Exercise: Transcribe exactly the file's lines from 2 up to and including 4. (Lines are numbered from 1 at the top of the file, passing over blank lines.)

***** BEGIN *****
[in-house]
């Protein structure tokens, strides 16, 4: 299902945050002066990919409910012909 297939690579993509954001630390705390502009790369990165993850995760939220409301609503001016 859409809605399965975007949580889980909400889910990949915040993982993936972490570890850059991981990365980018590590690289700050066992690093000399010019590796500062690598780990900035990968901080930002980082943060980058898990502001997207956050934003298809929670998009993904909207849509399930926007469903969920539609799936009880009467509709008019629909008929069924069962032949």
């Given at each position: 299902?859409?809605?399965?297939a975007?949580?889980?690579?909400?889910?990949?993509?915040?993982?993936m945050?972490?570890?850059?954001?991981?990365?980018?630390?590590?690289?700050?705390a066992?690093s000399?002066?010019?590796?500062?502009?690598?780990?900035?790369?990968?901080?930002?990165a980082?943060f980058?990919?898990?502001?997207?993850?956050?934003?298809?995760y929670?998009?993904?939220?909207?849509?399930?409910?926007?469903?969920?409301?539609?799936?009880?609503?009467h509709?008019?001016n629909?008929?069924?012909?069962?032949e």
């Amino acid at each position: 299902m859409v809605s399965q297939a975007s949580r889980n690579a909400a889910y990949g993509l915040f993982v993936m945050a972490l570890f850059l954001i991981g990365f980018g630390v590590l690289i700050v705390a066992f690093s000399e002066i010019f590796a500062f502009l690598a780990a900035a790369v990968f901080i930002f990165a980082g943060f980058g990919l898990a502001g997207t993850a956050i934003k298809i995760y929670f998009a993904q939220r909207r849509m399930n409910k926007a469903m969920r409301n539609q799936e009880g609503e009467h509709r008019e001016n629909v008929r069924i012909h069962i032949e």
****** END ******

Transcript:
């Protein structure tokens, strides 16, 4: 299902945050002066990919409910012909 297939690579993509954001630390705390502009790369990165993850995760939220409301609503001016 859409809605399965975007949580889980909400889910990949915040993982993936972490570890850059991981990365980018590590690289700050066992690093000399010019590796500062690598780990900035990968901080930002980082943060980058898990502001997207956050934003298809929670998009993904909207849509399930926007469903969920539609799936009880009467509709008019629909008929069924069962032949």
């Given at each position: 299902?859409?809605?399965?297939a975007?949580?889980?690579?909400?889910?990949?993509?915040?993982?993936m945050?972490?570890?850059?954001?991981?990365?980018?630390?590590?690289?700050?705390a066992?690093s000399?002066?010019?590796?500062?502009?690598?780990?900035?790369?990968?901080?930002?990165a980082?943060f980058?990919?898990?502001?997207?993850?956050?934003?298809?995760y929670?998009?993904?939220?909207?849509?399930?409910?926007?469903?969920?409301?539609?799936?009880?609503?009467h509709?008019?001016n629909?008929?069924?012909?069962?032949e």
């Amino acid at each position: 299902m859409v809605s399965q297939a975007s949580r889980n690579a909400a889910y990949g993509l915040f993982v993936m945050a972490l570890f850059l954001i991981g990365f980018g630390v590590l690289i700050v705390a066992f690093s000399e002066i010019f590796a500062f502009l690598a780990a900035a790369v990968f901080i930002f990165a980082g943060f980058g990919l898990a502001g997207t993850a956050i934003k298809i995760y929670f998009a993904q939220r909207r849509m399930n409910k926007a469903m969920r409301n539609q799936e009880g609503e009467h509709r008019e001016n629909v008929r069924i012909h069962i032949e």